The temporary indicator of the subject invention can be used in security situations where the colorless state of the indicator conceals the presence of the indicator. The colorless indicator sprayed on a surface is undetected by someone tampering with the surface, but shows signs of being disturbed when the indicator is treated and becomes visible. The person tampering with the surface also picks up indicator of their hands. The indicator can be detected on the hands of the perpetrator after treatment with a disclosure solution allowing the indicator to be visualized. An invisible hand stamp containing the temporary visual indicator which becomes visible upon treatment serves as an alternative to present UV-visible technology.
In a preferred embodiment, phenolphthalein is used as the indicator. Other suitable indicators may be found in U.S. Pat. No. 4,954,544. Phenolphthalein, 3,3-bis-[4-hydroxyphenyl]-1-[3H] isobenzofuranone, is colorless in its lactone form, the form present in solutions below pH 8.5. In solutions above pH 9.0, the lactone form of the molecule loses two protons to form an intensely colored red dianion. Sunscreen formulated at a pH above 9.0 is colored pink, or red, by the phenolphthalein. When the pH of the sunscreen drops below pH 8.5 the sunscreen is clear. The continued presence of the phenolphthalein in the sunscreen causes the sunscreen to turn pink should the pH of the sunscreen be raised to a pH above 9.0 again.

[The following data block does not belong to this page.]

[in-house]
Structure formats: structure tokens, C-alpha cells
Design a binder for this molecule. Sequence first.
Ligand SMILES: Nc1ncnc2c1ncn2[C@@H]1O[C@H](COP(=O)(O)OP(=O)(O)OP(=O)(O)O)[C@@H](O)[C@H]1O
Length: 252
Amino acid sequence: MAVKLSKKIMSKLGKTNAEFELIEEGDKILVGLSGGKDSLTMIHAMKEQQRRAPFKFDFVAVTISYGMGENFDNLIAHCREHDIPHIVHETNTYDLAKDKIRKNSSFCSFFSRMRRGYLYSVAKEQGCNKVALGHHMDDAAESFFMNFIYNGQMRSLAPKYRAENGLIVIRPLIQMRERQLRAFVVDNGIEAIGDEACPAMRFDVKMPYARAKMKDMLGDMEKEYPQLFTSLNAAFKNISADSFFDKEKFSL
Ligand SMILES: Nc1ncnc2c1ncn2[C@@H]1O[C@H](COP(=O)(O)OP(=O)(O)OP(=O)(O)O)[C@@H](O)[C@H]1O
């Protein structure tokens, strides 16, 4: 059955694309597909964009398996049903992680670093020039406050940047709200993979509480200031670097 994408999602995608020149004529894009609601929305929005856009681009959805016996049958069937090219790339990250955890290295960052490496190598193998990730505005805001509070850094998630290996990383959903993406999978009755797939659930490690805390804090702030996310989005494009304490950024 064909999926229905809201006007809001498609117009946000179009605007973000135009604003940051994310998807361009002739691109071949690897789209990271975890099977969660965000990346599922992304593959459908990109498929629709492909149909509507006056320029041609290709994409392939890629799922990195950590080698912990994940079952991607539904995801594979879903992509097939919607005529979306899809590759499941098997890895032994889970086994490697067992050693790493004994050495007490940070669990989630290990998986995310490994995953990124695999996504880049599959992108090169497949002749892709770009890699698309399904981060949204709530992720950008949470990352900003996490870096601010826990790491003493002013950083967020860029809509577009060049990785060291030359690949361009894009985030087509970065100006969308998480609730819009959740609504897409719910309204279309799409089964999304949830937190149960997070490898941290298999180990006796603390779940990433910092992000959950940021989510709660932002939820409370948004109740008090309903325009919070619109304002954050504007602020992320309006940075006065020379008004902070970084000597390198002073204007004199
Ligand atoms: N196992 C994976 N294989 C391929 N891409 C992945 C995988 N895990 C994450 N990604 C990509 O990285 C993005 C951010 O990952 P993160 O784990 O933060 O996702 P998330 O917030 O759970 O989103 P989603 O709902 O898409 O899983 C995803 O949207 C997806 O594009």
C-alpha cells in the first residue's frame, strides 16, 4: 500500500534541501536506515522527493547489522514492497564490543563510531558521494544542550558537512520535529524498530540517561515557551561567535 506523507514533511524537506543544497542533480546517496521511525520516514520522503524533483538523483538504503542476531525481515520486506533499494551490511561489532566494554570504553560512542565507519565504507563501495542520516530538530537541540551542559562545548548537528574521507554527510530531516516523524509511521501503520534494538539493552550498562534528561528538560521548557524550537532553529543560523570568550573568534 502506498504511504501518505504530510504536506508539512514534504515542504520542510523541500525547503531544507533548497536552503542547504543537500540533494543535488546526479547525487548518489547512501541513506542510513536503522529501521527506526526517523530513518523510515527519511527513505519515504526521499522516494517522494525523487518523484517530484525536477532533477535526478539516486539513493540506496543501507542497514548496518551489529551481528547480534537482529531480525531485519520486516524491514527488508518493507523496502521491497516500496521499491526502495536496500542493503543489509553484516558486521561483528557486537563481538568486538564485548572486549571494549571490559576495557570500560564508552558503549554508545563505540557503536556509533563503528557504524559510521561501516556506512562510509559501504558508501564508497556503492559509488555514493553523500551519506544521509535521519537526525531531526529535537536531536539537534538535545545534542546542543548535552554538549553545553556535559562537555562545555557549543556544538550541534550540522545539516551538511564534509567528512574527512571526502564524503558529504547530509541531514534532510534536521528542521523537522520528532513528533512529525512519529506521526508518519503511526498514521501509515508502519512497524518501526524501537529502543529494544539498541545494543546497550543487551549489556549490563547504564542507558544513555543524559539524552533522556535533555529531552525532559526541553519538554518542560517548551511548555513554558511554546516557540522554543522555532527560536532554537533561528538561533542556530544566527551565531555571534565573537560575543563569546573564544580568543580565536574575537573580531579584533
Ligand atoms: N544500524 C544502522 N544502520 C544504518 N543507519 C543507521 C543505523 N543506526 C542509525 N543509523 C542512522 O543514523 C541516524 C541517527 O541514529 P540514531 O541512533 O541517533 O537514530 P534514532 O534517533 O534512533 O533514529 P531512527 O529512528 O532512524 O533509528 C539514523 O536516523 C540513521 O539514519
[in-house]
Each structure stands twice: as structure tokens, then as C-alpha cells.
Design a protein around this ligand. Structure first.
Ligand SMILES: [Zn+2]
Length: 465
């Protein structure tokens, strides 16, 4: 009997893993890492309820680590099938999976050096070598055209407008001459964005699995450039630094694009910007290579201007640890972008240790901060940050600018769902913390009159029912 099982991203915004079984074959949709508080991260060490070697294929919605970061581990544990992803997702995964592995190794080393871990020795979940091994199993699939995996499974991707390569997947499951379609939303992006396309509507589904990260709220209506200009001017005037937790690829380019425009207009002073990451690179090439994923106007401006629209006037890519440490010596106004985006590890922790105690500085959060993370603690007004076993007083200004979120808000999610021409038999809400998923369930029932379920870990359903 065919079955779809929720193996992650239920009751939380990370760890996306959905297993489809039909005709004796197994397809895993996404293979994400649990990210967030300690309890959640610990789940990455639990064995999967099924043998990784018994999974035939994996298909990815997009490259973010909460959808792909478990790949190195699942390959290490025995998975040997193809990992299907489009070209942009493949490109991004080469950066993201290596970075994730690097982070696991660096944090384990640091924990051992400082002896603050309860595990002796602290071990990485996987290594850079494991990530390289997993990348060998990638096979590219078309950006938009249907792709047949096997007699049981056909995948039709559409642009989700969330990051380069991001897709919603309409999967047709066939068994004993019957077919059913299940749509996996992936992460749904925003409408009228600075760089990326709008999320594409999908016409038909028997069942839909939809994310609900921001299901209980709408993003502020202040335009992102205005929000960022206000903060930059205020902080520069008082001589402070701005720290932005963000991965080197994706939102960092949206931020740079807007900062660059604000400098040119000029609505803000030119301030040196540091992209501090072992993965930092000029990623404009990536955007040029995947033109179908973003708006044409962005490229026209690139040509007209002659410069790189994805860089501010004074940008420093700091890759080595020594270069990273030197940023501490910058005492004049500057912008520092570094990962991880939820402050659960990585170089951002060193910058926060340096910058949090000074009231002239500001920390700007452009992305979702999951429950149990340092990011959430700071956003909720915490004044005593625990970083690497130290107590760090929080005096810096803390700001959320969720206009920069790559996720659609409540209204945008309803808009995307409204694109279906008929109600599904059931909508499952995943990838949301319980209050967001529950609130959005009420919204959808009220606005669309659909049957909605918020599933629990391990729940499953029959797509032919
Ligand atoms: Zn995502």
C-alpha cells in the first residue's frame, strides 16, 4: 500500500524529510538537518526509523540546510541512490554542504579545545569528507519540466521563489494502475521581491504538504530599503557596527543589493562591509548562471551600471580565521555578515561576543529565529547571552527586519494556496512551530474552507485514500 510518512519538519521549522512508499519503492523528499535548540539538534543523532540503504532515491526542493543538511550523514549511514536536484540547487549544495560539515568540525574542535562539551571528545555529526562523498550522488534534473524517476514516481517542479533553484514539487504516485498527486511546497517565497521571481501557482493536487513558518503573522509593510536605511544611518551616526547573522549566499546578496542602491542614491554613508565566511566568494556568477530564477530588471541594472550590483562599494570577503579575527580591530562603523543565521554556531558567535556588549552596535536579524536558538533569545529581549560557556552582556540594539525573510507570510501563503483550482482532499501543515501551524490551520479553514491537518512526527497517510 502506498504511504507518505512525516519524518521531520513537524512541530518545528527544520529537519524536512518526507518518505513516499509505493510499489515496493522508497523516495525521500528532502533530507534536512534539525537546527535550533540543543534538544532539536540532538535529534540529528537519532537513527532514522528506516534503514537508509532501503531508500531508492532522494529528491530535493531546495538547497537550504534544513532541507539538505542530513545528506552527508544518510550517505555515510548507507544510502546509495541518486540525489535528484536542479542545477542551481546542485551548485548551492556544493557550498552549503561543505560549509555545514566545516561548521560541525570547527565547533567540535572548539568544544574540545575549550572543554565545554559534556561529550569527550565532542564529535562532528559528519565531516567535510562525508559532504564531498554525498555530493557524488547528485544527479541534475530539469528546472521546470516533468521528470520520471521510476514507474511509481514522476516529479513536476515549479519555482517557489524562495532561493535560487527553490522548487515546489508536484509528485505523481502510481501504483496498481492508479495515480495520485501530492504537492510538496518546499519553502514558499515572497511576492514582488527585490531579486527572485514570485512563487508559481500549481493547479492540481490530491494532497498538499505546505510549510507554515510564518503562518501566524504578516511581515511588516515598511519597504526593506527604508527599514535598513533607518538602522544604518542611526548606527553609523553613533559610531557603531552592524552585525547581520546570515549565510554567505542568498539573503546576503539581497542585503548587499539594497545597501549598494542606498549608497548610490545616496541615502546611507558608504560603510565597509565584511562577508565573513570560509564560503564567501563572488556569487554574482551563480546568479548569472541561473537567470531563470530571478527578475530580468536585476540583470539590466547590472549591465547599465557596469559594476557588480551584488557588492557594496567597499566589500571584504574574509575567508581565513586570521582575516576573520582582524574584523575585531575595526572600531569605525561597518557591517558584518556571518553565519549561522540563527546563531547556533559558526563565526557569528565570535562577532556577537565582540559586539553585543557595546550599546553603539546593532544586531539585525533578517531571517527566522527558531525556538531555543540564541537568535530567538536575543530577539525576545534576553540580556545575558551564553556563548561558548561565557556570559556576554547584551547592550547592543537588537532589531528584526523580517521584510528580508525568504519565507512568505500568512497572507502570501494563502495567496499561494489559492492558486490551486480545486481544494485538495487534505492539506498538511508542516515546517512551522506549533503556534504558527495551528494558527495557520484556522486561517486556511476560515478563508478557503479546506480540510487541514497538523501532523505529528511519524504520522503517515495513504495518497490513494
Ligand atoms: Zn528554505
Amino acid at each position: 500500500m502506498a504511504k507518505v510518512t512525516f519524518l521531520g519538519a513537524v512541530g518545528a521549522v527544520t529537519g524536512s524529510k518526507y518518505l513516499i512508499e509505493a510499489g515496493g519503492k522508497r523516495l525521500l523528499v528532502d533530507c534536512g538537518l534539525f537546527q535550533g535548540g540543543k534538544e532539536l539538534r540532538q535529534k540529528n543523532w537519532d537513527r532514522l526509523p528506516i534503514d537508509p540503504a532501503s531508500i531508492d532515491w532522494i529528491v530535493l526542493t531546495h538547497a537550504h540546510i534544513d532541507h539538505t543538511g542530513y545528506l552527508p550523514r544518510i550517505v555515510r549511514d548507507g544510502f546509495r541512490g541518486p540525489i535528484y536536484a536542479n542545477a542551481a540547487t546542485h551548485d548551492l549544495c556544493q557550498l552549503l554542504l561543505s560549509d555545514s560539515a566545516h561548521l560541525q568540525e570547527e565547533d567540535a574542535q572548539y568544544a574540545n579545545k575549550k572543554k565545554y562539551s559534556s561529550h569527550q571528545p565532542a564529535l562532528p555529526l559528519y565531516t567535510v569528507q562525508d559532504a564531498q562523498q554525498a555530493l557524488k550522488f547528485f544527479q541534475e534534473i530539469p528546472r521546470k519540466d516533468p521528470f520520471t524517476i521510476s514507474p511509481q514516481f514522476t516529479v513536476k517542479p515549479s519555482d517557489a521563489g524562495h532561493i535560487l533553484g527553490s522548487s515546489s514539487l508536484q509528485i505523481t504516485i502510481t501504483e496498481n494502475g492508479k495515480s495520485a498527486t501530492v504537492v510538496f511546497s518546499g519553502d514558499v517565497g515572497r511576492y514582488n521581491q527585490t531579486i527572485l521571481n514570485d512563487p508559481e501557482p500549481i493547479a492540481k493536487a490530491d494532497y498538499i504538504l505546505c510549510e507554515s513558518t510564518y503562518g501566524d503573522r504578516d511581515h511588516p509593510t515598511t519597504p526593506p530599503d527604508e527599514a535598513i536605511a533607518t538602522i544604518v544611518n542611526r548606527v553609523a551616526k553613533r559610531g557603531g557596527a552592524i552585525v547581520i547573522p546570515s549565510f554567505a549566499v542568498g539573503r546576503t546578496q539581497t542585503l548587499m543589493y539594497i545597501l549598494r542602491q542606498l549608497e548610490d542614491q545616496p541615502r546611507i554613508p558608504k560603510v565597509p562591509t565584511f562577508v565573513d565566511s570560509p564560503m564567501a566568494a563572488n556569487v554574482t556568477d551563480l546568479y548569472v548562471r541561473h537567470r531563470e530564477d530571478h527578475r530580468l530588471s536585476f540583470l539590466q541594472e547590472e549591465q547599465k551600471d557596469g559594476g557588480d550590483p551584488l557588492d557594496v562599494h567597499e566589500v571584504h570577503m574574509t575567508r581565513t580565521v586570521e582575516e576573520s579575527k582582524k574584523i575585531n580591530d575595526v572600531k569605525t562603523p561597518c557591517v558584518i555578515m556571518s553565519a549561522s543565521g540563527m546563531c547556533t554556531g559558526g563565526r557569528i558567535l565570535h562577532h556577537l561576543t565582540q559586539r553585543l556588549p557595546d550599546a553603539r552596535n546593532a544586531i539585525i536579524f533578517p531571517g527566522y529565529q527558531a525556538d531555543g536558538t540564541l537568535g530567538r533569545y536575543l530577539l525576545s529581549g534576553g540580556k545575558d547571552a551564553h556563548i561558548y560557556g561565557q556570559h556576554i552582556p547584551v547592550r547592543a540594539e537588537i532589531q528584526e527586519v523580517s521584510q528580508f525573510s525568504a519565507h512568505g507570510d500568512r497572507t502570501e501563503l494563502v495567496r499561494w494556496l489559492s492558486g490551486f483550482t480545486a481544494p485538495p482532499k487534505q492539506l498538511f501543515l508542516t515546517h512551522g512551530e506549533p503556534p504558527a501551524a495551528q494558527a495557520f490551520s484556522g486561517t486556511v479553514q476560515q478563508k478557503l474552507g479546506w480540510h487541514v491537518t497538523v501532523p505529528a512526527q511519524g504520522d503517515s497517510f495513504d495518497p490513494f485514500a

The temporary indicator may be formulated into the various products using technology well known in the art. For example, for cosmetic compositions, including sun care products, it may be desirable to encapsulate the indicator. In one embodiment microspheres can be used for this encapsulation. By encapsulating the indicator in microspheres it is possible to advantageously reduce the contact of the visual indicator with skin cells. Preferably, the microspheres would be permeable to the base. Microemulsion as well as suspension and emulsion polymerization techniques for making such microspheres are well-known to those skilled in the art.